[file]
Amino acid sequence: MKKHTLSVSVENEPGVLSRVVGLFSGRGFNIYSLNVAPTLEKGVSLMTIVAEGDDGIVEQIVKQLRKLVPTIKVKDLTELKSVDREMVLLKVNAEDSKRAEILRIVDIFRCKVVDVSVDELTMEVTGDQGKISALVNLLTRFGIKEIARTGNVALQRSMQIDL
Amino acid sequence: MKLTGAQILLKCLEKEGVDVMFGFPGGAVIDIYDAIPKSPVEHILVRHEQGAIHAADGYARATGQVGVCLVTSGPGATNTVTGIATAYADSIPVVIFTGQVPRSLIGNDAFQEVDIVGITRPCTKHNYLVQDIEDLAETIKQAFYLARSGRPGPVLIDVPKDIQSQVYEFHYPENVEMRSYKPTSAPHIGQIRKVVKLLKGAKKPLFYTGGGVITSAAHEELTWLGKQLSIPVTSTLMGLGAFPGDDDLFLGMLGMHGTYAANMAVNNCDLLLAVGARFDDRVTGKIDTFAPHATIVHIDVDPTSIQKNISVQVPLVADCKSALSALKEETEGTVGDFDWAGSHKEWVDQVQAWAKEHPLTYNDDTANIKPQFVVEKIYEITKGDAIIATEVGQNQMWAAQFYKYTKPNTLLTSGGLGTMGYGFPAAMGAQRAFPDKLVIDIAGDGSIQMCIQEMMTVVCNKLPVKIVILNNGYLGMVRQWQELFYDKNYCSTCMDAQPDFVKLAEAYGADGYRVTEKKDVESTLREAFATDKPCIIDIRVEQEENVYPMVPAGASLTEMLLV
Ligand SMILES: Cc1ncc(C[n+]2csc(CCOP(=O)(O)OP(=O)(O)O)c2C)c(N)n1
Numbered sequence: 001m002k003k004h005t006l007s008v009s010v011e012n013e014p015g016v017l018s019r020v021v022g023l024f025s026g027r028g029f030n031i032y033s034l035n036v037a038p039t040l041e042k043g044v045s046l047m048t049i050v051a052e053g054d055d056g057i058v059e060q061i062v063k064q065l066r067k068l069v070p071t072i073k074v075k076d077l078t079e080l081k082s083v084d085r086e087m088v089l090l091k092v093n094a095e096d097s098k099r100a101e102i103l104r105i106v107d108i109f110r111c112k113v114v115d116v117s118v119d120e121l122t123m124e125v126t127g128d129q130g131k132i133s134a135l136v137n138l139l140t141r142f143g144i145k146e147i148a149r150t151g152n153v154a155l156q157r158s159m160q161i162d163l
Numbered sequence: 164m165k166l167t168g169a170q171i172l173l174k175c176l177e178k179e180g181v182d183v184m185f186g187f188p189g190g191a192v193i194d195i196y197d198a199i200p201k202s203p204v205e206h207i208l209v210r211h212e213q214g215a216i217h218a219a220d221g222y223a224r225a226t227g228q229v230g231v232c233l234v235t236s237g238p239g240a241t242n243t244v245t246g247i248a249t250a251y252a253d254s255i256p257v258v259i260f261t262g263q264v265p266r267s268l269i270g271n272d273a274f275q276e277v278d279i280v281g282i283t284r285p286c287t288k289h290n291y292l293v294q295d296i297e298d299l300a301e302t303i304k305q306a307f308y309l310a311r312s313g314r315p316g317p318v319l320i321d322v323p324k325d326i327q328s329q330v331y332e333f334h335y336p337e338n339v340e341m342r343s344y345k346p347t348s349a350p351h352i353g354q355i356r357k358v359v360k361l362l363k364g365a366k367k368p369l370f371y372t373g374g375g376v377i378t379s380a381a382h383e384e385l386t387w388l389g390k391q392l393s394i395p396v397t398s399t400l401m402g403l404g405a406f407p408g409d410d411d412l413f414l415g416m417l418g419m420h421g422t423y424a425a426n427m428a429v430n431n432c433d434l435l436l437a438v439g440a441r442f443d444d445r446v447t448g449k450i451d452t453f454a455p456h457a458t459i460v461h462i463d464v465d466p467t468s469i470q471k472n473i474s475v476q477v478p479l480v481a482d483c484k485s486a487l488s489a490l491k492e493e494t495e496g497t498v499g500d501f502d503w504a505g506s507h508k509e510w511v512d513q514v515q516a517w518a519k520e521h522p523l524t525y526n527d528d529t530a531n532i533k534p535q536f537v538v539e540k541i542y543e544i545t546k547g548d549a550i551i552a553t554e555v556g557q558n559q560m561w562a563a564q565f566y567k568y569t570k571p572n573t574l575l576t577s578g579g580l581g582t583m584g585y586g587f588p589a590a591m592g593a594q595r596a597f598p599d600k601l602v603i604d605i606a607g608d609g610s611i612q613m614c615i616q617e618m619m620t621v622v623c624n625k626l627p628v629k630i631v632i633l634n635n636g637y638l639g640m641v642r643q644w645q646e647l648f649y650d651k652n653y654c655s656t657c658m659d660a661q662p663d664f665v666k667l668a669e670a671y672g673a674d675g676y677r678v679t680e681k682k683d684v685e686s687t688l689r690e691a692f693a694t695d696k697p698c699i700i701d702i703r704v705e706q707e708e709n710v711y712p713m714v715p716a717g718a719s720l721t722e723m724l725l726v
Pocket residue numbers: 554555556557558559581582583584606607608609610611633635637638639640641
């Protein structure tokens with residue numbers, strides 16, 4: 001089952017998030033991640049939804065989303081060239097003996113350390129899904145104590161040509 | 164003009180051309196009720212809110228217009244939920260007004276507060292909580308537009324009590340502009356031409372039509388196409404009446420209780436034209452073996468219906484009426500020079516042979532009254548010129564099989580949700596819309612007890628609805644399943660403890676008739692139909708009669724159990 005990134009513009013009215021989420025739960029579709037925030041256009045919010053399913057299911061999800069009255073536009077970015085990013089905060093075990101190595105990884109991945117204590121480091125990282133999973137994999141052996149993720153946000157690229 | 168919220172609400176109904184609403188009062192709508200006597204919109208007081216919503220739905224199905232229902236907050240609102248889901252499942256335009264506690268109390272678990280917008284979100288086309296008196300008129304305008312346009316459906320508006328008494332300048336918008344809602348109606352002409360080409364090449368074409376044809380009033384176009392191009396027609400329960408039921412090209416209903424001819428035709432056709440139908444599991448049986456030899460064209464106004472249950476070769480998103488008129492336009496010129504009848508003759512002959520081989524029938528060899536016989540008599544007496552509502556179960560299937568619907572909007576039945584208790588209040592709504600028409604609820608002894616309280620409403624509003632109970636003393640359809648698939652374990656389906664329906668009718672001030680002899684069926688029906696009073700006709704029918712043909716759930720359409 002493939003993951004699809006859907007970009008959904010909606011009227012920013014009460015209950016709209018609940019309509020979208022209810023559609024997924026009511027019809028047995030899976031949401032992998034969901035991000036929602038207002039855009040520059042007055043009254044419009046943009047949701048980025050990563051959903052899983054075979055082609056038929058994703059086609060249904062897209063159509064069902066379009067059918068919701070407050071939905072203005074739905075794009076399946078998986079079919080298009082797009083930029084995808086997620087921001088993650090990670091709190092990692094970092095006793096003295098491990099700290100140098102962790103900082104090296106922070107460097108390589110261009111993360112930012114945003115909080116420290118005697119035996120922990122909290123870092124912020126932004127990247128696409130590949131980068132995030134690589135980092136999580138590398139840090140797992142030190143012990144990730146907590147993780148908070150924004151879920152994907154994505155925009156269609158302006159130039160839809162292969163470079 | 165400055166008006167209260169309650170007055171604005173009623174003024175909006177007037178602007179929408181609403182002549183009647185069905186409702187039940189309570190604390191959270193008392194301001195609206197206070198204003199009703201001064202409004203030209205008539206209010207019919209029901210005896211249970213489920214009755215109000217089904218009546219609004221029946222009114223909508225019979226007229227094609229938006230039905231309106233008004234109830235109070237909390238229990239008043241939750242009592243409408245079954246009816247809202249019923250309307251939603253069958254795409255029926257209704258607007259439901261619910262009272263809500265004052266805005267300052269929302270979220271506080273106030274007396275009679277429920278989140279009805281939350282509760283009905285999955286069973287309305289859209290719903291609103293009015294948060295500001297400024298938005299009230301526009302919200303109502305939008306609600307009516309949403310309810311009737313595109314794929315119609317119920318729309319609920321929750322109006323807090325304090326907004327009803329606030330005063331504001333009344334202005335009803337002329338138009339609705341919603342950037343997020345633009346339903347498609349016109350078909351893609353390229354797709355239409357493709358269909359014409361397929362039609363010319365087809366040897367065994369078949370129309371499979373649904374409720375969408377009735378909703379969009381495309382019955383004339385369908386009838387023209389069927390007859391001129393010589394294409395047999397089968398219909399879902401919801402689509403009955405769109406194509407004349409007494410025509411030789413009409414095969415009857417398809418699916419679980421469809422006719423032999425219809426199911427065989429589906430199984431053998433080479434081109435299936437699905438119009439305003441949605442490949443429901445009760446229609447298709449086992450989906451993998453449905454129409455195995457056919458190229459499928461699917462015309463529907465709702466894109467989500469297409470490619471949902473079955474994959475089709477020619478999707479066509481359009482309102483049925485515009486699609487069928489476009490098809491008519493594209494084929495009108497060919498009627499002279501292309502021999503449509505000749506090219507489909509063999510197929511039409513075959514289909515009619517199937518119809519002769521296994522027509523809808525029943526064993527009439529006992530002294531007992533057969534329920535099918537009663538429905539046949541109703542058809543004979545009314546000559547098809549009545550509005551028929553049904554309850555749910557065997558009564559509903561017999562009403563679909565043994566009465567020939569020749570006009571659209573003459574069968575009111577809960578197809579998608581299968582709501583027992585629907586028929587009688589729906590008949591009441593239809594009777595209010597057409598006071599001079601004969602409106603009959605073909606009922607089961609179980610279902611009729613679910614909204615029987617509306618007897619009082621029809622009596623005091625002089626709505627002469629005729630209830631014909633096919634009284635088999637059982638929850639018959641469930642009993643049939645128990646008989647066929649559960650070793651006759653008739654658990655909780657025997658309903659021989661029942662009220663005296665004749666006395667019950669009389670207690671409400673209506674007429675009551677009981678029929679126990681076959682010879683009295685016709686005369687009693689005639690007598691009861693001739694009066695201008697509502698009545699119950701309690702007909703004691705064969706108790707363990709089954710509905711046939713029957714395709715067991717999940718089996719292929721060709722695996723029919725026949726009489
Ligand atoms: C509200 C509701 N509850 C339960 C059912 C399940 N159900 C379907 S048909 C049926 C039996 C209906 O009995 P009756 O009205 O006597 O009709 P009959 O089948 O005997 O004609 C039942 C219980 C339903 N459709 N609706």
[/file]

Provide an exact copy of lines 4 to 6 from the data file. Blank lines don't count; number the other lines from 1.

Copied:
Numbered sequence: 001m002k003k004h005t006l007s008v009s010v011e012n013e014p015g016v017l018s019r020v021v022g023l024f025s026g027r028g029f030n031i032y033s034l035n036v037a038p039t040l041e042k043g044v045s046l047m048t049i050v051a052e053g054d055d056g057i058v059e060q061i062v063k064q065l066r067k068l069v070p071t072i073k074v075k076d077l078t079e080l081k082s083v084d085r086e087m088v089l090l091k092v093n094a095e096d097s098k099r100a101e102i103l104r105i106v107d108i109f110r111c112k113v114v115d116v117s118v119d120e121l122t123m124e125v126t127g128d129q130g131k132i133s134a135l136v137n138l139l140t141r142f143g144i145k146e147i148a149r150t151g152n153v154a155l156q157r158s159m160q161i162d163l
Numbered sequence: 164m165k166l167t168g169a170q171i172l173l174k175c176l177e178k179e180g181v182d183v184m185f186g187f188p189g190g191a192v193i194d195i196y197d198a199i200p201k202s203p204v205e206h207i208l209v210r211h212e213q214g215a216i217h218a219a220d221g222y223a224r225a226t227g228q229v230g231v232c233l234v235t236s237g238p239g240a241t242n243t244v245t246g247i248a249t250a251y252a253d254s255i256p257v258v259i260f261t262g263q264v265p266r267s268l269i270g271n272d273a274f275q276e277v278d279i280v281g282i283t284r285p286c287t288k289h290n291y292l293v294q295d296i297e298d299l300a301e302t303i304k305q306a307f308y309l310a311r312s313g314r315p316g317p318v319l320i321d322v323p324k325d326i327q328s329q330v331y332e333f334h335y336p337e338n339v340e341m342r343s344y345k346p347t348s349a350p351h352i353g354q355i356r357k358v359v360k361l362l363k364g365a366k367k368p369l370f371y372t373g374g375g376v377i378t379s380a381a382h383e384e385l386t387w388l389g390k391q392l393s394i395p396v397t398s399t400l401m402g403l404g405a406f407p408g409d410d411d412l413f414l415g416m417l418g419m420h421g422t423y424a425a426n427m428a429v430n431n432c433d434l435l436l437a438v439g440a441r442f443d444d445r446v447t448g449k450i451d452t453f454a455p456h457a458t459i460v461h462i463d464v465d466p467t468s469i470q471k472n473i474s475v476q477v478p479l480v481a482d483c484k485s486a487l488s489a490l491k492e493e494t495e496g497t498v499g500d501f502d503w504a505g506s507h508k509e510w511v512d513q514v515q516a517w518a519k520e521h522p523l524t525y526n527d528d529t530a531n532i533k534p535q536f537v538v539e540k541i542y543e544i545t546k547g548d549a550i551i552a553t554e555v556g557q558n559q560m561w562a563a564q565f566y567k568y569t570k571p572n573t574l575l576t577s578g579g580l581g582t583m584g585y586g587f588p589a590a591m592g593a594q595r596a597f598p599d600k601l602v603i604d605i606a607g608d609g610s611i612q613m614c615i616q617e618m619m620t621v622v623c624n625k626l627p628v629k630i631v632i633l634n635n636g637y638l639g640m641v642r643q644w645q646e647l648f649y650d651k652n653y654c655s656t657c658m659d660a661q662p663d664f665v666k667l668a669e670a671y672g673a674d675g676y677r678v679t680e681k682k683d684v685e686s687t688l689r690e691a692f693a694t695d696k697p698c699i700i701d702i703r704v705e706q707e708e709n710v711y712p713m714v715p716a717g718a719s720l721t722e723m724l725l726v
Pocket residue numbers: 554555556557558559581582583584606607608609610611633635637638639640641